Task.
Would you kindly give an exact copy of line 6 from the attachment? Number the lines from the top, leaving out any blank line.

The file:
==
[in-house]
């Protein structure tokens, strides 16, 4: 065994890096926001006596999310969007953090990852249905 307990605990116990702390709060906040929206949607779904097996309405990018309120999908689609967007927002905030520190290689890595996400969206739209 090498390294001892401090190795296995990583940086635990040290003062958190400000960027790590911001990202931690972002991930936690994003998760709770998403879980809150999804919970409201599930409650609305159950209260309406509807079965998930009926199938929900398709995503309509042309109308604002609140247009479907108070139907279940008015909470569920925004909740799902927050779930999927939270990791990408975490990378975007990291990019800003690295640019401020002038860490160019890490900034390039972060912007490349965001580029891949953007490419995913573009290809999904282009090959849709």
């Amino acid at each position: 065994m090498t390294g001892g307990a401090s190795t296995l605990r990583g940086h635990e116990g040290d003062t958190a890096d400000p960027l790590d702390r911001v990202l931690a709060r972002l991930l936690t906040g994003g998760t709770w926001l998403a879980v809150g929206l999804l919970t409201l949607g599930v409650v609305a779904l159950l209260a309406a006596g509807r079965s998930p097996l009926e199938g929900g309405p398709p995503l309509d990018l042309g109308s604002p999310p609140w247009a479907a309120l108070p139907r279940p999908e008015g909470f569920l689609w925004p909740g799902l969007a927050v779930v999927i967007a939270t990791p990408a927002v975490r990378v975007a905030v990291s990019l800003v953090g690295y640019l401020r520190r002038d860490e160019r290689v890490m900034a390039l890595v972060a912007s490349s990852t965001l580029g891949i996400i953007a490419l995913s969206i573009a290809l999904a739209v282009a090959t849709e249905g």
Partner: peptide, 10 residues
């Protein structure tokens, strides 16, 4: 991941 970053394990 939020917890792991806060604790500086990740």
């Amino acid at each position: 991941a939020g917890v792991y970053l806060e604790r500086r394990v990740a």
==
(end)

């Amino acid at each position: 991941a939020g917890v792991y970053l806060e604790r500086r394990v990740a």